At the Back of the North Wind

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Schocken Books, 1963 - Fairy tales. - 276 pages
252 Reviews
Diamond, a young boy living in nineteenth-century London, has many adventures as he travels with the beautiful Lady North Wind and comes to know the many facets of her protective and violent temper.

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5 stars
96
4 stars
66
3 stars
59
2 stars
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1 star
9

His prose is excellent. - Goodreads
Finally the ending is tame and disappointing. - Goodreads
A curious mixture of plot and pseudo-religious themes. - Goodreads
You can tell this writer was an influence to CS Lewis. - Goodreads
Finally the ending is tame - Goodreads

Review: At the Back of the North Wind

User Review  - Wreade1872 - Goodreads

A sort of young forestgumplike character gets visited by a strange woman. The first third or so of the book is really good as you meet the suitably ethereal spirit of the North Wind and also get some ... Read full review

Review: At the Back of the North Wind

User Review  - Colin - Goodreads

Quite a treasure of a book, and well worth reading. One I knew not of, which is unusual for me, but glad I found it. The joy of bookshops. Read full review

Contents

The Hayloft
1
The Lawn
10
Old Diamond
18
Copyright

35 other sections not shown

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About the author (1963)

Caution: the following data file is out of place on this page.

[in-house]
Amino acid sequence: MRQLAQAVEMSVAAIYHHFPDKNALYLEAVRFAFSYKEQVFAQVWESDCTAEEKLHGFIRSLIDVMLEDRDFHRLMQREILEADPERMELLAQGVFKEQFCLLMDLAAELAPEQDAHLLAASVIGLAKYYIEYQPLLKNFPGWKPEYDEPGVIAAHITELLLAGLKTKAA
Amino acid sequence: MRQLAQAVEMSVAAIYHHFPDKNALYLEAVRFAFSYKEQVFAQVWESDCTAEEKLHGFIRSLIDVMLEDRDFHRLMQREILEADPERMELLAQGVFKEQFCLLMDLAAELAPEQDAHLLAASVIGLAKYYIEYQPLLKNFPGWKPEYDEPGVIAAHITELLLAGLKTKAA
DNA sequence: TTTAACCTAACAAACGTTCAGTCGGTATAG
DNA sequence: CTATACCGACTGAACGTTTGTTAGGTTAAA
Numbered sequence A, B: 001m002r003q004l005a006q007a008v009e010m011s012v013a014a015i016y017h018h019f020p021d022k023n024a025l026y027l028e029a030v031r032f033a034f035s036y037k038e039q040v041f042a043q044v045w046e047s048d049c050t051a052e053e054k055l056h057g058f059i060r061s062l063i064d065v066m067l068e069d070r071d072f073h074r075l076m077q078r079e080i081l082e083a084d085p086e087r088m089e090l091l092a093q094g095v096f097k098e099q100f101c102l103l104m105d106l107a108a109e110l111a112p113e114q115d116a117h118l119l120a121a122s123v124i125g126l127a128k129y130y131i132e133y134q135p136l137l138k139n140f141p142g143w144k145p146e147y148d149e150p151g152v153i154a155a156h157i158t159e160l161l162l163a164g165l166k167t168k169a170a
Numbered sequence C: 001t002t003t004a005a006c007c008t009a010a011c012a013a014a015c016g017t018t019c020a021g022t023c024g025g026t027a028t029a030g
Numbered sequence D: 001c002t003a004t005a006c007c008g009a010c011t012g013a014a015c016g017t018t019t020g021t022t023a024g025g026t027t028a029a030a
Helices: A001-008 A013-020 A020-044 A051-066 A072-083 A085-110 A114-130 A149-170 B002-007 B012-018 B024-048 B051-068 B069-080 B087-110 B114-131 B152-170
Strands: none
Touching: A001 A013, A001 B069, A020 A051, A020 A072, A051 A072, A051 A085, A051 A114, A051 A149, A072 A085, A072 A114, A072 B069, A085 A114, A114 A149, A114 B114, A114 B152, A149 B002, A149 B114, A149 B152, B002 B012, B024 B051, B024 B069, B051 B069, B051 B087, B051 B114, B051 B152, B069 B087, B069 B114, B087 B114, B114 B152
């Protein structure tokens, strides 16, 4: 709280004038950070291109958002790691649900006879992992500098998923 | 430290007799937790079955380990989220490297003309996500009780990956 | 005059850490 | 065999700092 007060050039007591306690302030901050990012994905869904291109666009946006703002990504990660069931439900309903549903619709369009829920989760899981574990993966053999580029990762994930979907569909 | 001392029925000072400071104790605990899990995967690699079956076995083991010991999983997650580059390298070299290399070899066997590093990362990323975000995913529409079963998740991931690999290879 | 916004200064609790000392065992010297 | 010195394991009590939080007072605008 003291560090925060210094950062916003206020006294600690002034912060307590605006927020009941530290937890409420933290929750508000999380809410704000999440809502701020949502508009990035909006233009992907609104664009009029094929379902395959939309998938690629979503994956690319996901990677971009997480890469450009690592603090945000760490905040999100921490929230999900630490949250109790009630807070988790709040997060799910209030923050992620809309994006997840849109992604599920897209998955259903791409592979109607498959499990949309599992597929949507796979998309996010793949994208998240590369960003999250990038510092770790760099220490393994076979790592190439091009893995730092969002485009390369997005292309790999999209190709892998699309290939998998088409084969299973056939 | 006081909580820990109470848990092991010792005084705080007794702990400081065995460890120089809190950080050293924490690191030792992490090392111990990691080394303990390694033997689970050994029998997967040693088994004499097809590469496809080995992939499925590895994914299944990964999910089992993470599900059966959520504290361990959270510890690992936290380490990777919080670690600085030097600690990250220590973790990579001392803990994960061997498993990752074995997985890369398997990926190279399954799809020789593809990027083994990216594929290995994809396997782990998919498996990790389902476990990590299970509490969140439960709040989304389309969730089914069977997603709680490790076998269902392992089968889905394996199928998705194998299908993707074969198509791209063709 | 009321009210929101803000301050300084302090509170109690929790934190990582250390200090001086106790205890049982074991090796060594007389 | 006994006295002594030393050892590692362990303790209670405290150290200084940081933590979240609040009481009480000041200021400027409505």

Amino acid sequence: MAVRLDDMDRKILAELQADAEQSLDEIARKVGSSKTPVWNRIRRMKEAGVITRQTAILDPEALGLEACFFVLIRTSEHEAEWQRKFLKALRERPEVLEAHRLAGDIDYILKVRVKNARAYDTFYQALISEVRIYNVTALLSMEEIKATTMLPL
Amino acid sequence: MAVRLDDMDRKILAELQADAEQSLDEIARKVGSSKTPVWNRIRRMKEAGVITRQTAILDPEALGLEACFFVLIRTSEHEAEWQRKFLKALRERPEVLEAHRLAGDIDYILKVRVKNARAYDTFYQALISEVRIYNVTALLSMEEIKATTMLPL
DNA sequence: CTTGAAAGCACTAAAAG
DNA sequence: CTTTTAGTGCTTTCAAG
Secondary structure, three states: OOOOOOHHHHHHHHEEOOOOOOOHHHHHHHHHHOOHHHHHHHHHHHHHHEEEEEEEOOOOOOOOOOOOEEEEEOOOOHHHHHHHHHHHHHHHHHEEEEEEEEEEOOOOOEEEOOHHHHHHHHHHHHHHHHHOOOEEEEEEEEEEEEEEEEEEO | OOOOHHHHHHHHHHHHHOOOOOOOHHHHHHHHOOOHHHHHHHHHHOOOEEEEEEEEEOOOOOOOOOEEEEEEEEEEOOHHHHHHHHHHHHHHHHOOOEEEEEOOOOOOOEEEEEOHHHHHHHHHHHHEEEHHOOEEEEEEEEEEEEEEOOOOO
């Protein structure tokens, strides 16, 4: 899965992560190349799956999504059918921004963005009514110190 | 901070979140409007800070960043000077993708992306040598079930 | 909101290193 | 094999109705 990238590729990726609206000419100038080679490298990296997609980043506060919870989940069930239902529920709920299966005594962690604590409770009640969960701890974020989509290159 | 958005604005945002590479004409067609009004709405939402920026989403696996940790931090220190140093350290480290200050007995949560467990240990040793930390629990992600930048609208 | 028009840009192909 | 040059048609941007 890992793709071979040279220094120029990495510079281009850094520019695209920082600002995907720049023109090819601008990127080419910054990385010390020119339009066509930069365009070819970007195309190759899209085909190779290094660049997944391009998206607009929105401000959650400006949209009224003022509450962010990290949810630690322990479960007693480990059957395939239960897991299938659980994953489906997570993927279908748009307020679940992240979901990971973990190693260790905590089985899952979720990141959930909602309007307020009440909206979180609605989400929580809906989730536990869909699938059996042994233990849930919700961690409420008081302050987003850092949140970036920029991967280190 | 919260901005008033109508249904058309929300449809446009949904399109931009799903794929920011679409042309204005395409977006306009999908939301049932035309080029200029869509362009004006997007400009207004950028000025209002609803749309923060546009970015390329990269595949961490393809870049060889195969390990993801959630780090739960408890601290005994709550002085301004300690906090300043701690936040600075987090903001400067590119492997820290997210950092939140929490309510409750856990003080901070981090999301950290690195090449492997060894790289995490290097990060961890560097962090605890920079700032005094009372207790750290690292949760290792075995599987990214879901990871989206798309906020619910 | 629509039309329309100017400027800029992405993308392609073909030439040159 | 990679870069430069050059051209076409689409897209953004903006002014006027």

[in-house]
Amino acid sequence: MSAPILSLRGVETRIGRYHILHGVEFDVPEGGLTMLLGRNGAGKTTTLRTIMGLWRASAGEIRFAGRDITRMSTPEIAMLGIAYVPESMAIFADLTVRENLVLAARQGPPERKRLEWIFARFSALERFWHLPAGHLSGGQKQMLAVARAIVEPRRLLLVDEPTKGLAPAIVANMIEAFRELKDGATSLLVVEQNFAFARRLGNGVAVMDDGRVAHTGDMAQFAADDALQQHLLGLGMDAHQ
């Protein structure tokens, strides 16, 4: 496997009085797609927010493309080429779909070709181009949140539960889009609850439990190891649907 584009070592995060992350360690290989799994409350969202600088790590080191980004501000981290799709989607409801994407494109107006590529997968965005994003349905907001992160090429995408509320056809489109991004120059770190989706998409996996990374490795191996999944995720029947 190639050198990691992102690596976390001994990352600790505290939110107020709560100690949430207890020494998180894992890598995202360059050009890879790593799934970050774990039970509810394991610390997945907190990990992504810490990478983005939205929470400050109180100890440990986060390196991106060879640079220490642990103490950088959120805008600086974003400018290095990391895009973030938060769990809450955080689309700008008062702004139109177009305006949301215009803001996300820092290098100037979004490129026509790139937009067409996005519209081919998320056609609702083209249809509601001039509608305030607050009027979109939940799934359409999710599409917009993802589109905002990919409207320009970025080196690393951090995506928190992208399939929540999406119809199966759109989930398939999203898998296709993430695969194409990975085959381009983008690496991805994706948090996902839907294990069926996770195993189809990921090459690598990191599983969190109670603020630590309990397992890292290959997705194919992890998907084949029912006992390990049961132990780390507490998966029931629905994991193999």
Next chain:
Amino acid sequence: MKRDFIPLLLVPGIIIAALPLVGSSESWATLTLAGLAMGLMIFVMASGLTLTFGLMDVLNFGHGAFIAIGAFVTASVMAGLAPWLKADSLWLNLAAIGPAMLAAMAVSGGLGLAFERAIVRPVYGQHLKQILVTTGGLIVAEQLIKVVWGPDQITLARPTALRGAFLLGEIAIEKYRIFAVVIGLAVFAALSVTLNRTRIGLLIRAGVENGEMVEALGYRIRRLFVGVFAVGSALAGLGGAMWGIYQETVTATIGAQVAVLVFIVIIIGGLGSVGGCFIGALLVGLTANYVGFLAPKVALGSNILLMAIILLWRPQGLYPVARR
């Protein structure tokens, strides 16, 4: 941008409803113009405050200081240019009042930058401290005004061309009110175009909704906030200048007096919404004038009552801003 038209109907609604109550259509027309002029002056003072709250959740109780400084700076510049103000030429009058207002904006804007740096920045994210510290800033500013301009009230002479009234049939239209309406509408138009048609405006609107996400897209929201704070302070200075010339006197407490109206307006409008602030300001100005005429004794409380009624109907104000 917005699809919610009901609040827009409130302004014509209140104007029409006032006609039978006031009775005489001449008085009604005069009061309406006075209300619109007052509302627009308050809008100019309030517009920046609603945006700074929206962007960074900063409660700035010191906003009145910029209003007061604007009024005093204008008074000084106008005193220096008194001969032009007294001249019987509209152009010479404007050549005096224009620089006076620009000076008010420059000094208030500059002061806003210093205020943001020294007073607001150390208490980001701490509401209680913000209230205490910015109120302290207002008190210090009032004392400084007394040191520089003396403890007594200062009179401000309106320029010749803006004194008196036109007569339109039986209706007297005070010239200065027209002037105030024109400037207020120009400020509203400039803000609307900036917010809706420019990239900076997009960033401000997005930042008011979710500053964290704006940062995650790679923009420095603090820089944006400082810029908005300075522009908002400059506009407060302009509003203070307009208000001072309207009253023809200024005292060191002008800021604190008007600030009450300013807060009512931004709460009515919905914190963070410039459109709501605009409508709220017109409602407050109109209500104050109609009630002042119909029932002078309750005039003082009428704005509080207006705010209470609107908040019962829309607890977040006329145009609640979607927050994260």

George MacDonald, December 10, 1824 - September 18. 1905 George MacDonald was born on December 10, 1824 in Huntley, Aberdeenshire, Scotland. He attended University in Aberdeen in 1840 and then went on to Highbury College in 1848 where he studied to be a Congregational Minister, receiving his M. A. His first appointment was in Arundel, but he was forced to resign form the position in 1853. He became a lecturer in English Literature at Kings College in London before finally focusing all of his attention on writing and living off the charity of friends and pupils. In 1955, MacDonald wrote his first important original work, a long religious poem entitled "Within and Without." Three years later in 1858, he wrote "Phantastes," his first contribution to the fantasy genre. It was influenced by both the English and Germanic Romantic writers and religious poets of the Renaissance. MacDonald is perhaps best known for his fantasy children's books, although he wrote fantasy books for adults as well. His most well known children's book is "At the Back of the North Wind," which was surprisingly a favorite of Mark Twain's children. In 1863, MacDonald published "David Eiginbrod, the first of a dozen novels that were set in Scotland and based on the lives of rural Scots. It was these series of novels that gained MacDonald worldwide fame and brought money to the foundering MacDonald family. MacDonald was a friend and confident of Lewis Carroll and John Ruskin. He exchanged letters with Mark Twain, and met Walt Whitman and many other American writers on his trips to America. MacDonald also inspired his later compatriots, such as C. S. Lewis, with his blend of fantasy and Christianity. George MacDonald died in Ashtead, Surrey, England, on September 18. 1905. His body is buried in Bordighea, Italy, a place he spent most of his later years in.

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